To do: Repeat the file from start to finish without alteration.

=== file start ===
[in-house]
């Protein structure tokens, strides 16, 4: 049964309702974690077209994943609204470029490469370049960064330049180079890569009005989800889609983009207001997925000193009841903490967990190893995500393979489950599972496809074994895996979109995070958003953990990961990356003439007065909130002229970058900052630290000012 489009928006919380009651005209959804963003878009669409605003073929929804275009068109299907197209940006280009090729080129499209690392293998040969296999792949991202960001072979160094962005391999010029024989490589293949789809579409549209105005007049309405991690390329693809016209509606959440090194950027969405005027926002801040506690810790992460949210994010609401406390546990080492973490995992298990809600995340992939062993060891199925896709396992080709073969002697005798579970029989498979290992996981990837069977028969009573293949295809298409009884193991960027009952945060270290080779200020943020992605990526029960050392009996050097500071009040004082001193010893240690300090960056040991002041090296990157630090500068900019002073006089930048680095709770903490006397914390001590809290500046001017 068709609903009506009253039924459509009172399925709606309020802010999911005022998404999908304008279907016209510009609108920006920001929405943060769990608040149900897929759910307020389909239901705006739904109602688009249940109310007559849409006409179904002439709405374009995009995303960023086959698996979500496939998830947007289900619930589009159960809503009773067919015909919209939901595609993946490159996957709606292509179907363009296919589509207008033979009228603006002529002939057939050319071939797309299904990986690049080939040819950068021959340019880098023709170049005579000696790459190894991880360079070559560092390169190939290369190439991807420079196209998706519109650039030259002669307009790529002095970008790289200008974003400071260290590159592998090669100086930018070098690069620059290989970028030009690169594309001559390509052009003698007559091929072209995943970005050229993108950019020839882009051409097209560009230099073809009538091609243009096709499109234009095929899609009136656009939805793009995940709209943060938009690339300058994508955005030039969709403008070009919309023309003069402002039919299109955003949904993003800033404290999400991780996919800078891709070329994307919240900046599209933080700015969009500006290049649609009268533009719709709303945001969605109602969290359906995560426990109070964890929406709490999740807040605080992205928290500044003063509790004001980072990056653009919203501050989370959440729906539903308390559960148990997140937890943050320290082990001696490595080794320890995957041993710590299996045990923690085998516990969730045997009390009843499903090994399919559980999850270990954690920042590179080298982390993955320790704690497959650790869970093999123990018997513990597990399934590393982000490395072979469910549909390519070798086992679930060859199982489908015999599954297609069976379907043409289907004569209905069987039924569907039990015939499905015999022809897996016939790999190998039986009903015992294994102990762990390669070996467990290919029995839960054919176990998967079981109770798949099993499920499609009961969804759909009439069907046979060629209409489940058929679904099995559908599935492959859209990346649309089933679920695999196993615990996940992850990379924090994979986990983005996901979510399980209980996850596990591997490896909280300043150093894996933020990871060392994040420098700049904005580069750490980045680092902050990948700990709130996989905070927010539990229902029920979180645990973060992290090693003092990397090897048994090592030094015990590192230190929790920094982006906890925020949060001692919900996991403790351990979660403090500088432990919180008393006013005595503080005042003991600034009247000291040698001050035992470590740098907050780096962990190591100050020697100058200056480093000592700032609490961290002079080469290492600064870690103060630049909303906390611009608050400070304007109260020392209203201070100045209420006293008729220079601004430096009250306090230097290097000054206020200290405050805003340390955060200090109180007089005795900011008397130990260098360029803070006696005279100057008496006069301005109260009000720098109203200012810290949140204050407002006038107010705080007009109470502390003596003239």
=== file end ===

[in-house]
């Protein structure tokens, strides 16, 4: 049964309702974690077209994943609204470029490469370049960064330049180079890569009005989800889609983009207001997925000193009841903490967990190893995500393979489950599972496809074994895996979109995070958003953990990961990356003439007065909130002229970058900052630290000012 489009928006919380009651005209959804963003878009669409605003073929929804275009068109299907197209940006280009090729080129499209690392293998040969296999792949991202960001072979160094962005391999010029024989490589293949789809579409549209105005007049309405991690390329693809016209509606959440090194950027969405005027926002801040506690810790992460949210994010609401406390546990080492973490995992298990809600995340992939062993060891199925896709396992080709073969002697005798579970029989498979290992996981990837069977028969009573293949295809298409009884193991960027009952945060270290080779200020943020992605990526029960050392009996050097500071009040004082001193010893240690300090960056040991002041090296990157630090500068900019002073006089930048680095709770903490006397914390001590809290500046001017 068709609903009506009253039924459509009172399925709606309020802010999911005022998404999908304008279907016209510009609108920006920001929405943060769990608040149900897929759910307020389909239901705006739904109602688009249940109310007559849409006409179904002439709405374009995009995303960023086959698996979500496939998830947007289900619930589009159960809503009773067919015909919209939901595609993946490159996957709606292509179907363009296919589509207008033979009228603006002529002939057939050319071939797309299904990986690049080939040819950068021959340019880098023709170049005579000696790459190894991880360079070559560092390169190939290369190439991807420079196209998706519109650039030259002669307009790529002095970008790289200008974003400071260290590159592998090669100086930018070098690069620059290989970028030009690169594309001559390509052009003698007559091929072209995943970005050229993108950019020839882009051409097209560009230099073809009538091609243009096709499109234009095929899609009136656009939805793009995940709209943060938009690339300058994508955005030039969709403008070009919309023309003069402002039919299109955003949904993003800033404290999400991780996919800078891709070329994307919240900046599209933080700015969009500006290049649609009268533009719709709303945001969605109602969290359906995560426990109070964890929406709490999740807040605080992205928290500044003063509790004001980072990056653009919203501050989370959440729906539903308390559960148990997140937890943050320290082990001696490595080794320890995957041993710590299996045990923690085998516990969730045997009390009843499903090994399919559980999850270990954690920042590179080298982390993955320790704690497959650790869970093999123990018997513990597990399934590393982000490395072979469910549909390519070798086992679930060859199982489908015999599954297609069976379907043409289907004569209905069987039924569907039990015939499905015999022809897996016939790999190998039986009903015992294994102990762990390669070996467990290919029995839960054919176990998967079981109770798949099993499920499609009961969804759909009439069907046979060629209409489940058929679904099995559908599935492959859209990346649309089933679920695999196993615990996940992850990379924090994979986990983005996901979510399980209980996850596990591997490896909280300043150093894996933020990871060392994040420098700049904005580069750490980045680092902050990948700990709130996989905070927010539990229902029920979180645990973060992290090693003092990397090897048994090592030094015990590192230190929790920094982006906890925020949060001692919900996991403790351990979660403090500088432990919180008393006013005595503080005042003991600034009247000291040698001050035992470590740098907050780096962990190591100050020697100058200056480093000592700032609490961290002079080469290492600064870690103060630049909303906390611009608050400070304007109260020392209203201070100045209420006293008729220079601004430096009250306090230097290097000054206020200290405050805003340390955060200090109180007089005795900011008397130990260098360029803070006696005279100057008496006069301005109260009000720098109203200012810290949140204050407002006038107010705080007009109470502390003596003239």